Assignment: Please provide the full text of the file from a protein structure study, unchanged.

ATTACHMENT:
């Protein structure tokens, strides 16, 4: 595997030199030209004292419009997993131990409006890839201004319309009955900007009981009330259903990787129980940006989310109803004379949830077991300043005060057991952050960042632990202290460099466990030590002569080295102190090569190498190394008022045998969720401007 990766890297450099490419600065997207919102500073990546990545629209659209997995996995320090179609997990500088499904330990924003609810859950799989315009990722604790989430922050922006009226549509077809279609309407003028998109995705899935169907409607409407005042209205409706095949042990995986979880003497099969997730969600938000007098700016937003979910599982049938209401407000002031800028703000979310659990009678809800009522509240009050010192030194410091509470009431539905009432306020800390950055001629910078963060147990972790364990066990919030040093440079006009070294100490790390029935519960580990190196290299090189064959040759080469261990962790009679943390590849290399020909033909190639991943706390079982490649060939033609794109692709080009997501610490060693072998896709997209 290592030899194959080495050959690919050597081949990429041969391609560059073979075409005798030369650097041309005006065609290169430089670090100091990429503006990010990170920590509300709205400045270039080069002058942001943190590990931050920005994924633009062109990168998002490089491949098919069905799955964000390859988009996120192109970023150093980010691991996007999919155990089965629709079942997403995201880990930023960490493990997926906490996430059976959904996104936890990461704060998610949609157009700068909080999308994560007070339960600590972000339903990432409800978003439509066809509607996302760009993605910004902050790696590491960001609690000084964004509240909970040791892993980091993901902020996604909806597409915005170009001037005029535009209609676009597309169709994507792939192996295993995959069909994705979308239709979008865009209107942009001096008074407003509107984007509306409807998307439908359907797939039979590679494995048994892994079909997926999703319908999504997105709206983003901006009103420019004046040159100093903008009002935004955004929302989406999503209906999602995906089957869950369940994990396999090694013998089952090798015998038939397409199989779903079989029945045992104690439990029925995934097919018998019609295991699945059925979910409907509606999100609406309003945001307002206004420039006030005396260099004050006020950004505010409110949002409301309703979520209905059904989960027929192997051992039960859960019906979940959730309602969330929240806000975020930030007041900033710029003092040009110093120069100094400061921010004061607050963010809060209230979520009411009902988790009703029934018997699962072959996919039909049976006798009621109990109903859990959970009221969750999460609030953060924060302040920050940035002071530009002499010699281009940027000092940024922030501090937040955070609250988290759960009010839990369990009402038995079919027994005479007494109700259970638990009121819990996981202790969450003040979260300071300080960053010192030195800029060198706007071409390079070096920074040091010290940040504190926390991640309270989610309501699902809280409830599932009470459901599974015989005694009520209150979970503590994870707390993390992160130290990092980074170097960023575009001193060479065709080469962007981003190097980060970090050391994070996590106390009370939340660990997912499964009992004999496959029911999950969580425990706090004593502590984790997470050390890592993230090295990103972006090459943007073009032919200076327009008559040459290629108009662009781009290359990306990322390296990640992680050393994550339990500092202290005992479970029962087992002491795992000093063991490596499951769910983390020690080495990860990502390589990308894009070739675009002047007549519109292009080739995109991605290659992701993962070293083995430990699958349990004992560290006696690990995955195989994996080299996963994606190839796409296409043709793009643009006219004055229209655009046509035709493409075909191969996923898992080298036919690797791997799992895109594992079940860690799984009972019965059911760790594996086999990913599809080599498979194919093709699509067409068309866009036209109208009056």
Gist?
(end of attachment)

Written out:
């Protein structure tokens, strides 16, 4: 595997030199030209004292419009997993131990409006890839201004319309009955900007009981009330259903990787129980940006989310109803004379949830077991300043005060057991952050960042632990202290460099466990030590002569080295102190090569190498190394008022045998969720401007 990766890297450099490419600065997207919102500073990546990545629209659209997995996995320090179609997990500088499904330990924003609810859950799989315009990722604790989430922050922006009226549509077809279609309407003028998109995705899935169907409607409407005042209205409706095949042990995986979880003497099969997730969600938000007098700016937003979910599982049938209401407000002031800028703000979310659990009678809800009522509240009050010192030194410091509470009431539905009432306020800390950055001629910078963060147990972790364990066990919030040093440079006009070294100490790390029935519960580990190196290299090189064959040759080469261990962790009679943390590849290399020909033909190639991943706390079982490649060939033609794109692709080009997501610490060693072998896709997209 290592030899194959080495050959690919050597081949990429041969391609560059073979075409005798030369650097041309005006065609290169430089670090100091990429503006990010990170920590509300709205400045270039080069002058942001943190590990931050920005994924633009062109990168998002490089491949098919069905799955964000390859988009996120192109970023150093980010691991996007999919155990089965629709079942997403995201880990930023960490493990997926906490996430059976959904996104936890990461704060998610949609157009700068909080999308994560007070339960600590972000339903990432409800978003439509066809509607996302760009993605910004902050790696590491960001609690000084964004509240909970040791892993980091993901902020996604909806597409915005170009001037005029535009209609676009597309169709994507792939192996295993995959069909994705979308239709979008865009209107942009001096008074407003509107984007509306409807998307439908359907797939039979590679494995048994892994079909997926999703319908999504997105709206983003901006009103420019004046040159100093903008009002935004955004929302989406999503209906999602995906089957869950369940994990396999090694013998089952090798015998038939397409199989779903079989029945045992104690439990029925995934097919018998019609295991699945059925979910409907509606999100609406309003945001307002206004420039006030005396260099004050006020950004505010409110949002409301309703979520209905059904989960027929192997051992039960859960019906979940959730309602969330929240806000975020930030007041900033710029003092040009110093120069100094400061921010004061607050963010809060209230979520009411009902988790009703029934018997699962072959996919039909049976006798009621109990109903859990959970009221969750999460609030953060924060302040920050940035002071530009002499010699281009940027000092940024922030501090937040955070609250988290759960009010839990369990009402038995079919027994005479007494109700259970638990009121819990996981202790969450003040979260300071300080960053010192030195800029060198706007071409390079070096920074040091010290940040504190926390991640309270989610309501699902809280409830599932009470459901599974015989005694009520209150979970503590994870707390993390992160130290990092980074170097960023575009001193060479065709080469962007981003190097980060970090050391994070996590106390009370939340660990997912499964009992004999496959029911999950969580425990706090004593502590984790997470050390890592993230090295990103972006090459943007073009032919200076327009008559040459290629108009662009781009290359990306990322390296990640992680050393994550339990500092202290005992479970029962087992002491795992000093063991490596499951769910983390020690080495990860990502390589990308894009070739675009002047007549519109292009080739995109991605290659992701993962070293083995430990699958349990004992560290006696690990995955195989994996080299996963994606190839796409296409043709793009643009006219004055229209655009046509035709493409075909191969996923898992080298036919690797791997799992895109594992079940860690799984009972019965059911760790594996086999990913599809080599498979194919093709699509067409068309866009036209109208009056």
Gist?